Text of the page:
Paul Keating’s claim that it was Bill Shorten’s failure to understand the middle class that lost Labor the ‘unloseable’ election has been rubbished by party stalwarts.
Mr Keating’s intervention has raised eyebrows given his public and private urging of Mr Shorten to embrace franking credit reforms, which became known as the ‘retiree tax’.
The former prime minister did not criticise those reforms in his remarks, which follow his public endorsement in a joint statement with Bob Hawke before his death.
But he did suggest Labor should have devoted more of the proceeds to tax cuts, not new spending.
Labor frontbenchers past and present say Mr Keating’s remarks are wrong because it was the failure to secure a greater number of working-class voters in Queensland and Western Australia that was the problem, not the middle class.
Labor Senator Kim Carr told The New Daily the idea that Labor’s policies were rejected by the middle class is not supported by the data.
“I really admire Paul Keating, enormously. But I think statistically the evidence is against him,” Senator Carr said.
“The Labor Party’s problem was that we were not able to connect to blue-collar communities in sufficient numbers, in Queensland and Western Australia.
“The Labor Party had committed to important changes in education, health, and housing. Our messaging was wrong, not the policy. On climate change, I think we failed to understand just how deep the anxieties about the future for working-class communities.”
Mr Keating told the ABC’s 7.30 on Tuesday it was Mr Shorten’s failure to understand the middle class that was the problem.
“If you’re talking about the Labor Party and why it lost the election, it failed to understand the middle-class economy that Bob Hawke and I created for Australia,” he said.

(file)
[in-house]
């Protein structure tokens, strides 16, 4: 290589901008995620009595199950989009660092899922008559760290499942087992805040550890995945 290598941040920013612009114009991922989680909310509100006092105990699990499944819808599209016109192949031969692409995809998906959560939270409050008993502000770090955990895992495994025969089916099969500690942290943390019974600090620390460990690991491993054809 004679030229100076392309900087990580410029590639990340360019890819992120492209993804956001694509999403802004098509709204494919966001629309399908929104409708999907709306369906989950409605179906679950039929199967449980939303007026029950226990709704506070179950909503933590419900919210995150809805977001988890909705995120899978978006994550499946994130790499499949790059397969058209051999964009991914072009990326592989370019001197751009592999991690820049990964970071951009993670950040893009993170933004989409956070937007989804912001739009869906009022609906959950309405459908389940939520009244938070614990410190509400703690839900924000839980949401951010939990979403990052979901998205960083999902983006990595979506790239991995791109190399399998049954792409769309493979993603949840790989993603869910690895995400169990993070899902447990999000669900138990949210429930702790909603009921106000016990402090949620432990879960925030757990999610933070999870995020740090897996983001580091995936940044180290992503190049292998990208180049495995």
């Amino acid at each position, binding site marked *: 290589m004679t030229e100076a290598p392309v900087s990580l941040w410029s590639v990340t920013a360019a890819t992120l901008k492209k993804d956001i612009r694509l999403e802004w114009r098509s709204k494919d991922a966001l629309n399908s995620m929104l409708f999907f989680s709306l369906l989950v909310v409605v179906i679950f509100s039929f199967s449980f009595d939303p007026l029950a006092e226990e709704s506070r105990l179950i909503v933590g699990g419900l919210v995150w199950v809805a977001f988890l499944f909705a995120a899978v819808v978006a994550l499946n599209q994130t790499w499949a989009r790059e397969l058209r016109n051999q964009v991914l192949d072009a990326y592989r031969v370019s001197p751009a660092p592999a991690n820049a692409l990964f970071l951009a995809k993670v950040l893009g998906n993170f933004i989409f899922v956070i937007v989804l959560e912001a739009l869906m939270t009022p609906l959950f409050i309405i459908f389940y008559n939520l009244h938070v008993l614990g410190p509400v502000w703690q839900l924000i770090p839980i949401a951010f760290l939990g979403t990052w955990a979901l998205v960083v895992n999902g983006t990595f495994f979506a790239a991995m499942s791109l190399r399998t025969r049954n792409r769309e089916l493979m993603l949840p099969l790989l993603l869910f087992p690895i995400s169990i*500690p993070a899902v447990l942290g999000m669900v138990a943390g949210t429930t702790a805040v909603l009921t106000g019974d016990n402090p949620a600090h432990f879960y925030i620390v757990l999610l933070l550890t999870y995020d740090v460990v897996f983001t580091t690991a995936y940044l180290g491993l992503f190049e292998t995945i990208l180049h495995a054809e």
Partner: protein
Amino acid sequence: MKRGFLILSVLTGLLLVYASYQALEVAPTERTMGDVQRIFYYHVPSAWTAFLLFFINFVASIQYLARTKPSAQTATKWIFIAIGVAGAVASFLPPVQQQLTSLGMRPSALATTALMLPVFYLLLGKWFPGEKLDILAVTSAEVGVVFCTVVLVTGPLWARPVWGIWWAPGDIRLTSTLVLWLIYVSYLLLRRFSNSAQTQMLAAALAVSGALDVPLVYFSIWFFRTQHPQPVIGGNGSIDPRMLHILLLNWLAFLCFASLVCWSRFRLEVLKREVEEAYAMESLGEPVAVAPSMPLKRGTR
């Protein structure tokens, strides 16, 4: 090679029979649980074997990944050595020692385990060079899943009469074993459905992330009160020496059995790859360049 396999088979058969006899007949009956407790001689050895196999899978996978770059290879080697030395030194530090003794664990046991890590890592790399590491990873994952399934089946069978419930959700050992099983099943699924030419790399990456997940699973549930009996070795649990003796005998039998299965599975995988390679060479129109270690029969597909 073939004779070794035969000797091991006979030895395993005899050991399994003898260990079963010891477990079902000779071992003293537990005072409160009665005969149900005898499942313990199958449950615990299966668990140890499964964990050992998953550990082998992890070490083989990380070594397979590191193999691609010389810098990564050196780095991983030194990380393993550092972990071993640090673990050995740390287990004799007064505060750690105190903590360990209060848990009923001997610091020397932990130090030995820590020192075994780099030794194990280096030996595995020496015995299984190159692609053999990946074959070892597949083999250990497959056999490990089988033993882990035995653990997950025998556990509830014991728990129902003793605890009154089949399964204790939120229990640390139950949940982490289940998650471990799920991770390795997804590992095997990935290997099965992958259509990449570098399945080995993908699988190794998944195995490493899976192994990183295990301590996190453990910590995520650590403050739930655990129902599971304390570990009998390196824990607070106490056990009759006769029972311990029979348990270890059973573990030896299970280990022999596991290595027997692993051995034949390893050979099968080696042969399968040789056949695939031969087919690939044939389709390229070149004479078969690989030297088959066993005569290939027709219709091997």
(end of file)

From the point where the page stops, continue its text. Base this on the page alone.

“And so much of the Labor Party’s policies were devoted to the bottom end of the workforce and the community paid for it by cuts in tax expenditures.”
Rather than devote the proceeds of the ‘retiree’ tax revenue to greater expenditure on health and education, Mr Keating suggested a better plan would be to devote the money to tax cuts, including reducing the top marginal tax rate to 39 per cent.
“If the cuts in tax expenditures had been a ploy, it would have been tax reform and a much more successful outcome, but the Labor Party was increasing the top rate of tax from 45 per cent to 47 per cent which, of course, you know, in public, I opposed.
“The top marginal rate in Australia shouldn’t be a jot over 39 per cent.”
The former PM’s remarks have opened up a split between Mr Shorten, Mr Keating and his protege Chris Bowen.
“The problem with all of that is the middle class voted for us. It was the working class that was the problem. The swings were not in those areas. Those areas held. I mean, all the data is there,” a senior Labor source said.
Mr Shorten declined to comment on Mr Keating’s remarks, but a supporter highlighted Mr Keating’s election record was not stellar.
“Keating got us a two-party-preferred vote of 46.37 in 1996. The Coalition primary was nearly 48 per cent in 1996. Just saying,” he said.
Mr Shorten secured a two-party-preferred result of 48 per cent at the 2019 election.